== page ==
Rated: 18+ · Fiction · Experience · #2291512
I moved to end my relationship with Frank.
|The days and nights blended all together. There was almost always crack around. We smoked and all measure of responsibility was lost. My writing went to the side. Frank ventured home to get rent money and to score from his crack connection. The guys at the house were always smoking crack or waiting to get it.|
Frank came over in the late evening with some crack. I had said I wasn't going to smoke it anymore. I told him not to bring any crack to my house. But he did and I smoked it. He filled the pipe and then passed it to me. I couldn't refuse smoking a loaded crack pipe.
He was smoking with the boys at the house. Hugo had a connection on the other side of town, and since Frank had the only car, he took the boys to the crack house on several occasions. The ride across town became just a part of the ritual for him.
On one of these trips, Frank pulled into a convenience store because he and Hugo wanted a beer. They both went into the store, and Frank left the car running. It was past 11:00 and they had planned to come right back to his house and spend the rest of the night smoking.
When they came back to the car, the car wasn't there. They were a long walk from home. They opened their beers in brown bags and drank all the way. They didn't assess their situation till the next morning, as the crack was smoked as soon as they got back to the house.
Frank's Cadillac was gone. He had left his smart phone, which I had just purchased for him, in the car. It was gone. His driver's license was gone. The money in his wallet was gone. He reported the car missing, but never expected anything lost would be retrieved.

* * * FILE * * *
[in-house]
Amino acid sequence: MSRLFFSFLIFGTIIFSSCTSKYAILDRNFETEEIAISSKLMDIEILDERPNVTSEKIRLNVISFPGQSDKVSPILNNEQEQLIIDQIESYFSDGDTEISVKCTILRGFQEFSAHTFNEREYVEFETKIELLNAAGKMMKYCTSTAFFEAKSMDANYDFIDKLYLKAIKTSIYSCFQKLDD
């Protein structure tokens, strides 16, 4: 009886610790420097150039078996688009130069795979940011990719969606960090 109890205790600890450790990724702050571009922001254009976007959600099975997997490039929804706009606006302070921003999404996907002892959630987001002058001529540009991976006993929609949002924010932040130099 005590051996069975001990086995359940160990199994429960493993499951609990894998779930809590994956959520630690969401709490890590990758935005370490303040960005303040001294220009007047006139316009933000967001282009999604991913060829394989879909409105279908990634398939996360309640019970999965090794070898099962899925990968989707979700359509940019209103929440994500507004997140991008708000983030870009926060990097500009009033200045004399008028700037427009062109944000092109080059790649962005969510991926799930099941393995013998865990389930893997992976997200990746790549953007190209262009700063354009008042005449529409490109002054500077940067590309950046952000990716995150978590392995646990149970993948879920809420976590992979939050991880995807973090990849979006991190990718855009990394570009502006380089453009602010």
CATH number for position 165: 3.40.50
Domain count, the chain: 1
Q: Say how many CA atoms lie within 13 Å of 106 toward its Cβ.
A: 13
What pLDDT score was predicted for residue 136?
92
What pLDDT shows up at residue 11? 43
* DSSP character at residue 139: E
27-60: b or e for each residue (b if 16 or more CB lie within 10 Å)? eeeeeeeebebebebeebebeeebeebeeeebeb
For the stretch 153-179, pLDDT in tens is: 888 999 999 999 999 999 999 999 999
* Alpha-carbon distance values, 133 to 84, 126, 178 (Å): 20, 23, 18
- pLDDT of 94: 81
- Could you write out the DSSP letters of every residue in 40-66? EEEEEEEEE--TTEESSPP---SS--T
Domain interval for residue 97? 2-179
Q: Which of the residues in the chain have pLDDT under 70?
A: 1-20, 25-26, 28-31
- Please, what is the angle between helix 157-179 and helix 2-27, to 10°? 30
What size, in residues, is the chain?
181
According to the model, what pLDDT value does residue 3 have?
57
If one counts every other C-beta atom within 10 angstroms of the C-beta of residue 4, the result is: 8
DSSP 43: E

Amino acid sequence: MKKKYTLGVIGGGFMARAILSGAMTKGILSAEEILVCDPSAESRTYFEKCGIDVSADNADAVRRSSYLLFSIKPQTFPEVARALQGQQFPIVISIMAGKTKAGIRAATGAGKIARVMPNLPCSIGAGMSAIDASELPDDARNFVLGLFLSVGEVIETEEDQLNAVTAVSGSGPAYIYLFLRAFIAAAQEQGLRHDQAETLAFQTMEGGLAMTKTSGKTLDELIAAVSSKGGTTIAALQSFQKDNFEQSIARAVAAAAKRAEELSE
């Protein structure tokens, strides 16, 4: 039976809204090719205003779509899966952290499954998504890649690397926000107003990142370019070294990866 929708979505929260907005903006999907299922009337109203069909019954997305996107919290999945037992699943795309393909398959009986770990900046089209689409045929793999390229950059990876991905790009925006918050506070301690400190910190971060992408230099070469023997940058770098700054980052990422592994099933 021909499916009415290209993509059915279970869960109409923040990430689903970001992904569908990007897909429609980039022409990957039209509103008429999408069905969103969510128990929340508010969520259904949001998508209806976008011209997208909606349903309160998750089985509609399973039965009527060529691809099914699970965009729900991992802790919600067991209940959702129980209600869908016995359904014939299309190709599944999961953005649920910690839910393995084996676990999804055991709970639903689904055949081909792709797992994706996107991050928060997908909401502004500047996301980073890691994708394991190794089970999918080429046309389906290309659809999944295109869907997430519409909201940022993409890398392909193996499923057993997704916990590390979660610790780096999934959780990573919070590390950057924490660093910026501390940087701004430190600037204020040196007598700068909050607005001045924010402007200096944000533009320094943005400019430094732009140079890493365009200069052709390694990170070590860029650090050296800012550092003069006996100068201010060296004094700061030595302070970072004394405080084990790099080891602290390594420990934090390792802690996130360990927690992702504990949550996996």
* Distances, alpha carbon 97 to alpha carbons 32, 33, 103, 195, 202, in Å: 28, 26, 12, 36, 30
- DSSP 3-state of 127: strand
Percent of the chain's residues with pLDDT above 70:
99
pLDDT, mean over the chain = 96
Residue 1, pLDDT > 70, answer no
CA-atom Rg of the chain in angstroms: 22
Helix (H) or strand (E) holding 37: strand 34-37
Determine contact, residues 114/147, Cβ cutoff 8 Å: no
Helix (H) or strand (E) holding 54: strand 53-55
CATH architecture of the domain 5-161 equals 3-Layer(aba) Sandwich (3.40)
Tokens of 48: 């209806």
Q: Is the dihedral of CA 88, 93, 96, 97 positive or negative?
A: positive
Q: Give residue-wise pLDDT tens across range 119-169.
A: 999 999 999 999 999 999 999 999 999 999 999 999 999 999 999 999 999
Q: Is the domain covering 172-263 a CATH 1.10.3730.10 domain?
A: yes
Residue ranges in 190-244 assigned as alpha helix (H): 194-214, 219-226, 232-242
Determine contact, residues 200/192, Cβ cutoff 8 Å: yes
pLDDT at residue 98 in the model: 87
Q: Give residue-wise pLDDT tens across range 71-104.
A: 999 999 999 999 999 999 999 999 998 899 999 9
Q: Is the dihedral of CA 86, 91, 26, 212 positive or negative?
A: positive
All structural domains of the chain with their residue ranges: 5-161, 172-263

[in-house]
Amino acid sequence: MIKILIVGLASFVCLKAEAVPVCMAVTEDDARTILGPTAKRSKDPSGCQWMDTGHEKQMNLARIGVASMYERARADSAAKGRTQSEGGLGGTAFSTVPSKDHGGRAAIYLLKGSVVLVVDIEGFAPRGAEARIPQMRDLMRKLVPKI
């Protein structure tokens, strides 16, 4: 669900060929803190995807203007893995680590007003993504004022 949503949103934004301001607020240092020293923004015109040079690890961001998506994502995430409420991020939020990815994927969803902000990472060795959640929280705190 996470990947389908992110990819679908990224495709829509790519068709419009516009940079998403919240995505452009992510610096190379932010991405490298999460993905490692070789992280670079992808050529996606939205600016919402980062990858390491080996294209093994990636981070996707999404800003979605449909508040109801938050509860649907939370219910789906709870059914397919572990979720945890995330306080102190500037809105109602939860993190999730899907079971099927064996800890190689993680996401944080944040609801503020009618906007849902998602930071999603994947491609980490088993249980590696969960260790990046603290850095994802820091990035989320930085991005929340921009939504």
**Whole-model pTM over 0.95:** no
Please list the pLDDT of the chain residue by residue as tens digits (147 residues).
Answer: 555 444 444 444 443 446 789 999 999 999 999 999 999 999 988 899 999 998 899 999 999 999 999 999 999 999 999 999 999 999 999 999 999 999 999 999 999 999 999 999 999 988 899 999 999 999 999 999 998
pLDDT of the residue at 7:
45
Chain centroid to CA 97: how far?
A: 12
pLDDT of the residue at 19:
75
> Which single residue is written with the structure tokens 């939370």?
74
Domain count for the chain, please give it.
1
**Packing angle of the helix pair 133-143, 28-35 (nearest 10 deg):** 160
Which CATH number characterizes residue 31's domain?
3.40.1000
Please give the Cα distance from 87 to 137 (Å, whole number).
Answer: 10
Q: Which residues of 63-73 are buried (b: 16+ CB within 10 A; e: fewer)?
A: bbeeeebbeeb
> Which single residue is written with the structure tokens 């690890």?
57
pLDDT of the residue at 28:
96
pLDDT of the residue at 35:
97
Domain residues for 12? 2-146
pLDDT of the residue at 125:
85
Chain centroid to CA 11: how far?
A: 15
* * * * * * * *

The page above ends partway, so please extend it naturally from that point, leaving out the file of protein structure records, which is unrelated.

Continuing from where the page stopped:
There was a report on the news that a man had been killed from being between two DART trains in the downtown area. The driver's license that was found on the man was Frank's. The police contacted Frank's ex-wife with the news that he was dead because of the DART train accident. The police and Gweneva came to Frank's house in the night the next day. Frank was asleep inside.
He heard the commotion outside, grabbed a baseball bat and went out front to tackle the problem in his jockey shorts. He was drunk, as usual. The next morning, he recalled the sequence of events as a dream. When he came to my house, he related the story, not as a dream but as something that had actually happened. He had been reported as a dead person. He found this amusing, but it was a foreboding of what was yet to come.
We cut down on the amount of crack we were smoking. Neither of us had money anymore. When he needed to go collect rent, he would ask me for gas money, and I would give him a $10 bill. He didn't use the money for gas. He bought beer. He was a drunk and a crack addict.
He reminded me that I was the one who introduced him to crack. I retorted that his smoking crack was an inevitability. The boys at his house had graduated from pot and beer to crack and beer. He was doing exactly what his roommates were doing.
He liked being told that he was no good. He thrived on being told he was worthless and hopeless. He would keep me on the phone for as long as he could when I got mad and let him have a dose of possible regret. He relished these conversations, and I realized he had something in his past that had put him in this state of mind. I didn't understand, but I could tell he thrived on being told he was no good. It didn't make sense to me, but that was definitely a part of him. He wanted to be told he was a worthless drunk and druggie.